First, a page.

Park officials will not release footage captured by park officers’ body-worn cameras of a July 10 incident at Minnehaha Park when four black teenagers were detained after what the board says was an inaccurate 911 call.
Superintendent Mary Merrill said in an open letter that the video is considered private data and there are additional privacy concerns given the four detained individuals were minors.
A witness to the incident captured video of the boys, ages 13–16, handcuffed and sitting outside a squad car. The video, which was posted to Facebook, was viewed millions of times in the weeks following the incident and drew national attention in a time of increased examination into how police interact with the communities they serve.
Park police said they responded to a 911 call around 7:30 p.m. on July 10 reporting four males with weapons such as knives and sticks, as well as a gun stored in a backpack. When two officers arrived at the scene, one unholstered his firearm and pointed it at the direction of the teens. Police held the four at the park, but all were eventually released without injury. They didn’t find any weapons, and witness accounts were not consistent with information provided by the 911 caller, according to a board statement.
The board recently wrapped up an internal investigation into what led to the incident, though results won’t be publicly available until final discipline is imposed. Merrill said the results of the investigation are considered personnel matters and are not public, citing civil service rules and collective bargaining agreements covering City of Minneapolis and Park Board staff. The process may take “many months,” she said.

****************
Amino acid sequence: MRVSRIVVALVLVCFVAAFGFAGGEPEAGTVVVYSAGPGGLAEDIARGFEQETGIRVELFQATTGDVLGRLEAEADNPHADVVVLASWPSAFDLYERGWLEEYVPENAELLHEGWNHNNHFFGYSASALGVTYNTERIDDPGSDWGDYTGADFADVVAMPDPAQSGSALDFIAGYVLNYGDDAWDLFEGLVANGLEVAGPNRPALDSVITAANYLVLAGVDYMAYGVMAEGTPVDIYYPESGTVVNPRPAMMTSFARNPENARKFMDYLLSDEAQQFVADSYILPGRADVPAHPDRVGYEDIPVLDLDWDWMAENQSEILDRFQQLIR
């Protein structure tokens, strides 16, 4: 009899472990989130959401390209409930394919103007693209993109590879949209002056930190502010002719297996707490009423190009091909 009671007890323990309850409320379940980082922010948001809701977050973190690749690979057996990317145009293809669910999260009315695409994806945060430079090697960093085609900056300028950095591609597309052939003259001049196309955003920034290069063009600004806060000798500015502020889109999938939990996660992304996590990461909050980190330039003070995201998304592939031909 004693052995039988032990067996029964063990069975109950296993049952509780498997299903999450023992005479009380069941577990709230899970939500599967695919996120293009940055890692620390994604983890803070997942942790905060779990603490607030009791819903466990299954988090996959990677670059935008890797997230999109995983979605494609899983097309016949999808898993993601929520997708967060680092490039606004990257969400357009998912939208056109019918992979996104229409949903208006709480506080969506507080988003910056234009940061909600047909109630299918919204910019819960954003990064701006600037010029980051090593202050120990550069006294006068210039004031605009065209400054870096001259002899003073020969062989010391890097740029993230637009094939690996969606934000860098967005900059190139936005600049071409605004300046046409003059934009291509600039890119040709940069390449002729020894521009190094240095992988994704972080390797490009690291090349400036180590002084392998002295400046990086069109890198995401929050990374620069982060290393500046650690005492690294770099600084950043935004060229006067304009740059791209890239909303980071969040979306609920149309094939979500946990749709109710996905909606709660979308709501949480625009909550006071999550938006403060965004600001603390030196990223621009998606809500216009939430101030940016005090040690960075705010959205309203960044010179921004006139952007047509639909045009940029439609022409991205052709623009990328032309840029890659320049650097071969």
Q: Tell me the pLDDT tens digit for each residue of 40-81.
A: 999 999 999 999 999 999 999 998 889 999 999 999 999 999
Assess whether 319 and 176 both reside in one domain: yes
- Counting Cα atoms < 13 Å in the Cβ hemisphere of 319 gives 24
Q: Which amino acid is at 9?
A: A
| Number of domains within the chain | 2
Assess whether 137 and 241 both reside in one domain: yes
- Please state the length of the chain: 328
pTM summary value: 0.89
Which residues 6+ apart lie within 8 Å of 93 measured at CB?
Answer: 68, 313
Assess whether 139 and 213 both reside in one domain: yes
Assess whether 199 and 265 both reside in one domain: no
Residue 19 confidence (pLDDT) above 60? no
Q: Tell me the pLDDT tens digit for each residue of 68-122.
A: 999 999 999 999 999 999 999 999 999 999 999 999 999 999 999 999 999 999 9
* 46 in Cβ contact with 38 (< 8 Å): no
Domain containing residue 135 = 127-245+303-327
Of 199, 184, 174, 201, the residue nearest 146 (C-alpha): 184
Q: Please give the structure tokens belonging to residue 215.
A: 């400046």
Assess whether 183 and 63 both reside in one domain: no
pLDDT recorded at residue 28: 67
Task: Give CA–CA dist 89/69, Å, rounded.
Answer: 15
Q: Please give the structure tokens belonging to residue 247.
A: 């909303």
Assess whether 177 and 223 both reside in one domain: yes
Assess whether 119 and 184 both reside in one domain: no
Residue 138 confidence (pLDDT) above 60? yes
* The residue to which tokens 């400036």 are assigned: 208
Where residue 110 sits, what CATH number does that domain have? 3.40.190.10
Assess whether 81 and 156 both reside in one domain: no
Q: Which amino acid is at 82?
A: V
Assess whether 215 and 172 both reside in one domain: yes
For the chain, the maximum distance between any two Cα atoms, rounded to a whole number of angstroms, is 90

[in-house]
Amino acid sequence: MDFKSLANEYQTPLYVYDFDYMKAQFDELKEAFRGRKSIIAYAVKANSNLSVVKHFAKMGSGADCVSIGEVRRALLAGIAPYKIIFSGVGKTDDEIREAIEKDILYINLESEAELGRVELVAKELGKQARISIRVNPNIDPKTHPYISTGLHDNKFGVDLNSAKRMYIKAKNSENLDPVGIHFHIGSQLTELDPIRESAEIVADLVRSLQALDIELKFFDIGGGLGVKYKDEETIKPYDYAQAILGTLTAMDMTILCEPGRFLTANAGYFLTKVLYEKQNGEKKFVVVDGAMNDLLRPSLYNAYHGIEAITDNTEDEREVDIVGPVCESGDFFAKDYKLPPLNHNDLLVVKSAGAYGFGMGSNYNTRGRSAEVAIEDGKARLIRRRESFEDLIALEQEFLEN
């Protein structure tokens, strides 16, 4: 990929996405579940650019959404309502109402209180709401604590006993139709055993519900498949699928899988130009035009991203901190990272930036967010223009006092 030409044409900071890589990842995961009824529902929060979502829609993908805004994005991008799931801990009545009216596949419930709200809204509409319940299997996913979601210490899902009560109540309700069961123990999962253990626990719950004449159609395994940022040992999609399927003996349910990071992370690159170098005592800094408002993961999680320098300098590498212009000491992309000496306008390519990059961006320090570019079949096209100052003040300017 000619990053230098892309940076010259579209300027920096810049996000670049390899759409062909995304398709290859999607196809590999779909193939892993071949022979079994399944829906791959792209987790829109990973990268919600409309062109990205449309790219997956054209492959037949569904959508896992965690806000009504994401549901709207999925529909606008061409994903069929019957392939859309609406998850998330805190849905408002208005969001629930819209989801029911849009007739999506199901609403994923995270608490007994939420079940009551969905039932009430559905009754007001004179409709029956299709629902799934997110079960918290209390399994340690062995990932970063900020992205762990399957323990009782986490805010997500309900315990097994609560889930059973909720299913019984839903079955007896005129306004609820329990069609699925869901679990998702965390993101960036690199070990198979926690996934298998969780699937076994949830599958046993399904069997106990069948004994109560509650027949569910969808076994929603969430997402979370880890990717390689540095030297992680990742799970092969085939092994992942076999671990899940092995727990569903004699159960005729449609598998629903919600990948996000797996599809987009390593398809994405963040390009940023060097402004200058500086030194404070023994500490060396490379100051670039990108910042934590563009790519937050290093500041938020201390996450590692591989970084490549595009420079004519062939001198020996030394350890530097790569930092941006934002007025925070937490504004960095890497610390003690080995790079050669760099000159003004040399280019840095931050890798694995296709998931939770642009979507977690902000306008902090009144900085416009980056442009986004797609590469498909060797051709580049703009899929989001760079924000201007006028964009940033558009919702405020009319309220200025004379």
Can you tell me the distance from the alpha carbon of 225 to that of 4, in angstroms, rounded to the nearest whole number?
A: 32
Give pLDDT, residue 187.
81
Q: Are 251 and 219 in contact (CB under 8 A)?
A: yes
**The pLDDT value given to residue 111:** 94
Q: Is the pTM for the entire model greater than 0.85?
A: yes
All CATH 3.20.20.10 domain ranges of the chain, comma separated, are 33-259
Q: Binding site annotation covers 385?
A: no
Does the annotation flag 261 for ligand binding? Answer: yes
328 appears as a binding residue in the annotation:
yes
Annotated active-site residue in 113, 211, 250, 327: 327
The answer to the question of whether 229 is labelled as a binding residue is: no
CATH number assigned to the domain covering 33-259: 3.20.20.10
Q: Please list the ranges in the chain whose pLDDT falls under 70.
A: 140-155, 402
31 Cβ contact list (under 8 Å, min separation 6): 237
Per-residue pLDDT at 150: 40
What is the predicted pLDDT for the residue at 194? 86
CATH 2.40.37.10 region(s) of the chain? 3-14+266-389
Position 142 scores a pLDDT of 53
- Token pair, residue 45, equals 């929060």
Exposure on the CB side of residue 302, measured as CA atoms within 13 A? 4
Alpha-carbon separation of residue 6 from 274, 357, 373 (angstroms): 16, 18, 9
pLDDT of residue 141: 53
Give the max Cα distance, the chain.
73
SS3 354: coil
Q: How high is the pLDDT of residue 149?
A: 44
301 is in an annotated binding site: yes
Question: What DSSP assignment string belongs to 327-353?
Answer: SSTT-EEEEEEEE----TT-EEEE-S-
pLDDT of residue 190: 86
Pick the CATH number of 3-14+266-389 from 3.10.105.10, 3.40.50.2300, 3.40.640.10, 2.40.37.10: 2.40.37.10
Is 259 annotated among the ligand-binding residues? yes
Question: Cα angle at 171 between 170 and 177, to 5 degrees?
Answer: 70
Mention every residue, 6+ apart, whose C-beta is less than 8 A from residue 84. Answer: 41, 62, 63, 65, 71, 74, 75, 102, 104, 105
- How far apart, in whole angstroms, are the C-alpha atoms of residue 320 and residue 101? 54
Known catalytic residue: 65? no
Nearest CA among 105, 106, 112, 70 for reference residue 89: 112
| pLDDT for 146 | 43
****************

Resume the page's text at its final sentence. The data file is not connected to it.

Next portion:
A board spokeswoman said two officers were involved in the incident and both are still employed by the board.
Merrill said in a statement that the board was unable to press criminal charges against the caller for falsely reporting a crime due to insufficient evidence. The offense is a misdemeanor.
Park commissioners approved a resolution at a Sept. 5 meeting to add language to the board’s 2019 draft legislative agenda supporting legislation to strengthen laws and penalties related to reporting inaccurate information to police.
Kendal Killian, the board’s new intergovernmental relations consultant, said one possibility of strengthening legal punishments for reporting false information would be to make it a felony. Another outcome of the resolution could be raising public awareness about conveying accurate information or increasing training for 911 operators, he told commissioners.
“We want this to be kind of open in terms of what strategies the lobbying team can follow in terms of addressing this problem,” he said.
President Brad Bourn said he and other commissioners were frustrated with the caller, who he said may have been someone trying to “use 911 to put people in our community intentionally in harm’s way.”
“We were very limited in our ability to bring that 911 caller to justice because of laws that are outside our control,” he said.
“This right here gives us some teeth in case this situation happens again,” added At-Large Commissioner Londel French.
Commissioners bypassed the board’s regular committee process, foregoing the typical week or two it takes a resolution to advance from committee to the full board, to add it to next year’s legislative agenda.
“It’s not fair for people who are trying to pay attention to what we’re doing,” Commissioner Steffanie Musich told her fellow commissioners.
The board also approved the formation of a Park Police Advisory Council, an initiative Park Police Chief Jason Ohotto has been working on since the beginning of the year.
The body will be comprised of six Minneapolis residents who will evaluate park police public safety initiatives, provide annual reports to the board and make recommendations for policy and programs.
An application period is expected to open this fall. The council could begin work later this year.